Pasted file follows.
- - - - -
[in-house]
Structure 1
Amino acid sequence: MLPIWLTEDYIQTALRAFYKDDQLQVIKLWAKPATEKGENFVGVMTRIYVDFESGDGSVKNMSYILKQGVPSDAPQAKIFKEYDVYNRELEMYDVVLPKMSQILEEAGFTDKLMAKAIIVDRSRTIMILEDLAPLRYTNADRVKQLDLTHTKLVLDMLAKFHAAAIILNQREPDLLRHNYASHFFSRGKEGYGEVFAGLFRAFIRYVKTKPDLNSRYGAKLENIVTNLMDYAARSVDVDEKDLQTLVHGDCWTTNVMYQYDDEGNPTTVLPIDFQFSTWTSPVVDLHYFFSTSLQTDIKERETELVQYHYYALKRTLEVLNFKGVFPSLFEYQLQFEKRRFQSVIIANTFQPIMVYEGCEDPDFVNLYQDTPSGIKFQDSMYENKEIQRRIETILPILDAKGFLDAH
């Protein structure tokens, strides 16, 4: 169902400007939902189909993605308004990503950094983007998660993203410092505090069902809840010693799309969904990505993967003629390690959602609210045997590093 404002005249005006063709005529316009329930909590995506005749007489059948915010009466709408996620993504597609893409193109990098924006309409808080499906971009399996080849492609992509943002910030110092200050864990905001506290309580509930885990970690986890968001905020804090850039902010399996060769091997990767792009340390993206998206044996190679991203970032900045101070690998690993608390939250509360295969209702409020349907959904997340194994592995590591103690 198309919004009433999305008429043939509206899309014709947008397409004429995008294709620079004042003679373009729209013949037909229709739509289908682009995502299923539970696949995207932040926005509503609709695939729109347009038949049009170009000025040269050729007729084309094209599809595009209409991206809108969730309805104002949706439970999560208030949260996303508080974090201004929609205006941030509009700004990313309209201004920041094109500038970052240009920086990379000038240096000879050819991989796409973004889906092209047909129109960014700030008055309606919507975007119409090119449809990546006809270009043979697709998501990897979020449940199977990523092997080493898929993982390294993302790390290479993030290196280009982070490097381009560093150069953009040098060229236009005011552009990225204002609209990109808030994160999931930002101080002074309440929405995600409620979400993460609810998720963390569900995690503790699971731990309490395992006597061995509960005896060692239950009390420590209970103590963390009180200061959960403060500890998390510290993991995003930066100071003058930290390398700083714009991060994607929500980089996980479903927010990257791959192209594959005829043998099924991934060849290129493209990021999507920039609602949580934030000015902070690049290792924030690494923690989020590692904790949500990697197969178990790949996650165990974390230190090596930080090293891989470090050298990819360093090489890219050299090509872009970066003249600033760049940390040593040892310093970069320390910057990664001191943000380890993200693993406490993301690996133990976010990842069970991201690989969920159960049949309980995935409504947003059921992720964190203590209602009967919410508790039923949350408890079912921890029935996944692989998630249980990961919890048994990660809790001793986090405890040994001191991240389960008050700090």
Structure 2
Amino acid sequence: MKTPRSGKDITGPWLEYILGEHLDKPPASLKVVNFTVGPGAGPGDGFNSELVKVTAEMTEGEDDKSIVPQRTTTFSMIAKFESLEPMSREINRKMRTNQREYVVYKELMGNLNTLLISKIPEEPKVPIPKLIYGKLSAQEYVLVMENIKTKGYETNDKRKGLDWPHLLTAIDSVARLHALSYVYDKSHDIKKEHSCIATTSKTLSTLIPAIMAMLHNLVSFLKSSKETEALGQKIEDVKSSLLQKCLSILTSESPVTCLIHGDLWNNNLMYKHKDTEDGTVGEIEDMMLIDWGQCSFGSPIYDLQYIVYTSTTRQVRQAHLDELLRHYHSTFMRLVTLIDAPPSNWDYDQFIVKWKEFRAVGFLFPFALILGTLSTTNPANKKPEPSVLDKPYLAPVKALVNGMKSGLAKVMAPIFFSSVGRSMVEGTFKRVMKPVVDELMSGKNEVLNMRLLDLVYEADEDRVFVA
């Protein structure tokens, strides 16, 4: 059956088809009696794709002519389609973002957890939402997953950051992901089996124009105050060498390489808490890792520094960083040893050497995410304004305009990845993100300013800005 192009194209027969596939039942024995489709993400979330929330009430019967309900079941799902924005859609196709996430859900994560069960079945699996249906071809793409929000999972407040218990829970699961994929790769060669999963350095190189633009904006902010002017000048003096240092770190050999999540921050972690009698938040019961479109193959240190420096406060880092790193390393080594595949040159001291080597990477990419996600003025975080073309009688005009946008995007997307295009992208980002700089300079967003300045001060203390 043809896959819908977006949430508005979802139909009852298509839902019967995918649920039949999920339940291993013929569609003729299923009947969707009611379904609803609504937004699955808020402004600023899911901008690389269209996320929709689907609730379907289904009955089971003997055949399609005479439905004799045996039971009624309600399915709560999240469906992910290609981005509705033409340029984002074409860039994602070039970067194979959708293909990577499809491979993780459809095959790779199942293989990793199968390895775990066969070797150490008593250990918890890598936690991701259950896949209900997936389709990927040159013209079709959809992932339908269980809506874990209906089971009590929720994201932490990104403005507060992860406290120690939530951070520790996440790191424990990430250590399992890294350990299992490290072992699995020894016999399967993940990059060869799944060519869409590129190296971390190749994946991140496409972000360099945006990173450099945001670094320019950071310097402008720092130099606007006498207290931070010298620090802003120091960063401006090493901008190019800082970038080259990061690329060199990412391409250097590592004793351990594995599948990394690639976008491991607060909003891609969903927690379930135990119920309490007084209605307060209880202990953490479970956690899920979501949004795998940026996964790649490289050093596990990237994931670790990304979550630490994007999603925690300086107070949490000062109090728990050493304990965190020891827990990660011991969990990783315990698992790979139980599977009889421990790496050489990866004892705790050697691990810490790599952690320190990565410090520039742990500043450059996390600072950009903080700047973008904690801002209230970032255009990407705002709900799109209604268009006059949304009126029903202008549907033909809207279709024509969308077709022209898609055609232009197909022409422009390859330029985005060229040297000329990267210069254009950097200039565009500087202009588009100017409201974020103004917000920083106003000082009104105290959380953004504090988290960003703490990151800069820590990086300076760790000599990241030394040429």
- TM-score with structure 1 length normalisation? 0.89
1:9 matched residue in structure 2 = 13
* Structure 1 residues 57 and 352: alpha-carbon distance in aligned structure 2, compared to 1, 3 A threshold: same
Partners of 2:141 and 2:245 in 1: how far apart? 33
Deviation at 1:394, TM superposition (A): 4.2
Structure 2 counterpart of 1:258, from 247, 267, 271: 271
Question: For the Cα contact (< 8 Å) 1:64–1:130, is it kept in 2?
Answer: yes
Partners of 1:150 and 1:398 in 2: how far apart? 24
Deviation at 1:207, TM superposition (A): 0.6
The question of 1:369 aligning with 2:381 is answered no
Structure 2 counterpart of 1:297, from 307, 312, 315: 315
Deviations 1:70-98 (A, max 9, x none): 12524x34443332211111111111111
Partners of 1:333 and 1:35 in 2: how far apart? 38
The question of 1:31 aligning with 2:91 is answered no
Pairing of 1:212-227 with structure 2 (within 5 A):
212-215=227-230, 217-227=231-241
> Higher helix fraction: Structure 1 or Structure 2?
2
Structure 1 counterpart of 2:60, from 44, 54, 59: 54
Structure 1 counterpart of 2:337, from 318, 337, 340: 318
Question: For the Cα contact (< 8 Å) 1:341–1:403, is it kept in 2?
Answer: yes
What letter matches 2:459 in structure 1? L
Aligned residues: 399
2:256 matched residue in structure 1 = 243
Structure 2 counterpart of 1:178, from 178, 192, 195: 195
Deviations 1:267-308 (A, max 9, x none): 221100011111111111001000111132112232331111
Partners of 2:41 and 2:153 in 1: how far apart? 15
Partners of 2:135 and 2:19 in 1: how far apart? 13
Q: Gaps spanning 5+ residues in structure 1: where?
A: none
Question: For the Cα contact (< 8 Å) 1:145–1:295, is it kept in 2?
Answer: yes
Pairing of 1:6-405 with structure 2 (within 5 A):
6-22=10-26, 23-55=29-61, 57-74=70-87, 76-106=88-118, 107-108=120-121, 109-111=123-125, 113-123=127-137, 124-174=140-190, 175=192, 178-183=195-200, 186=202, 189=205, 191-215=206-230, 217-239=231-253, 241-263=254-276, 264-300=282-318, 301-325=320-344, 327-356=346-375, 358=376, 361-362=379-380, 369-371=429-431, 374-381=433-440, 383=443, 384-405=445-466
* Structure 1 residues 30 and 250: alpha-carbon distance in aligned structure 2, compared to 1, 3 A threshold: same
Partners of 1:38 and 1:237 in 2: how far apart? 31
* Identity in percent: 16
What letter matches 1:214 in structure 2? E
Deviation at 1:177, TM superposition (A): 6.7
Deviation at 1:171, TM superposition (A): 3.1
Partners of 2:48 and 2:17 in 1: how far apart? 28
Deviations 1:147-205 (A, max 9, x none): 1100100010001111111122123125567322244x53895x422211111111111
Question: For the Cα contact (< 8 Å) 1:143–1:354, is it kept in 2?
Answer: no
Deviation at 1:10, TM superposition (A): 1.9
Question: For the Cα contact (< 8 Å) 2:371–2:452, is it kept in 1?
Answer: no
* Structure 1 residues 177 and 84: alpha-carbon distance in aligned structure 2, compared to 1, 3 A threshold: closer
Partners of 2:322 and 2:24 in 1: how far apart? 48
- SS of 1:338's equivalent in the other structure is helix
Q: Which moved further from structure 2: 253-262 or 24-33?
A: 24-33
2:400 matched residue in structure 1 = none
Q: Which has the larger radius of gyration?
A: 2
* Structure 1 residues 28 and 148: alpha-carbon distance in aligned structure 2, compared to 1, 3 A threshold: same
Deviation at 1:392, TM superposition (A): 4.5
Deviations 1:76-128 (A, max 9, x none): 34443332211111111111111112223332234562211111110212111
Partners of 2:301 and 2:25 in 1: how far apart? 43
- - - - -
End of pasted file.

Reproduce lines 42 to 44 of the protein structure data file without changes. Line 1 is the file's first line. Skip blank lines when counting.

Pairing of 1:6-405 with structure 2 (within 5 A):
6-22=10-26, 23-55=29-61, 57-74=70-87, 76-106=88-118, 107-108=120-121, 109-111=123-125, 113-123=127-137, 124-174=140-190, 175=192, 178-183=195-200, 186=202, 189=205, 191-215=206-230, 217-239=231-253, 241-263=254-276, 264-300=282-318, 301-325=320-344, 327-356=346-375, 358=376, 361-362=379-380, 369-371=429-431, 374-381=433-440, 383=443, 384-405=445-466
* Structure 1 residues 30 and 250: alpha-carbon distance in aligned structure 2, compared to 1, 3 A threshold: same